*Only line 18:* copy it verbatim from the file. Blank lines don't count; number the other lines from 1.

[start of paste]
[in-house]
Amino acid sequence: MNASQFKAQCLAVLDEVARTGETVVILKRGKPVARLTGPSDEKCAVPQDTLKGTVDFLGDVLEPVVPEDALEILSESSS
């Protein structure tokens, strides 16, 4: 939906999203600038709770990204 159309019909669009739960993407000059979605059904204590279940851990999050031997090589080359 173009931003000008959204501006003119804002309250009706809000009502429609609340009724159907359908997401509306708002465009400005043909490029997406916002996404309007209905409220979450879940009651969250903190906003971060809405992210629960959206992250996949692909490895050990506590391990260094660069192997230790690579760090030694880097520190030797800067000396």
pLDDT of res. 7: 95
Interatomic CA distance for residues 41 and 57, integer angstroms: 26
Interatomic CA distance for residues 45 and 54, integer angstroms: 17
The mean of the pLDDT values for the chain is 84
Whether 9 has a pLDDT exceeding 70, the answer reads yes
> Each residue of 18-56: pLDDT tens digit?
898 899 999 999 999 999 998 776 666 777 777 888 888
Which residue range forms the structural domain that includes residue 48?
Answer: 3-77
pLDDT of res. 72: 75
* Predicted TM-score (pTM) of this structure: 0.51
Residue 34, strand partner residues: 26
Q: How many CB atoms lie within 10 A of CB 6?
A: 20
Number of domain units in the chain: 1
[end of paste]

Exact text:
Number of domain units in the chain: 1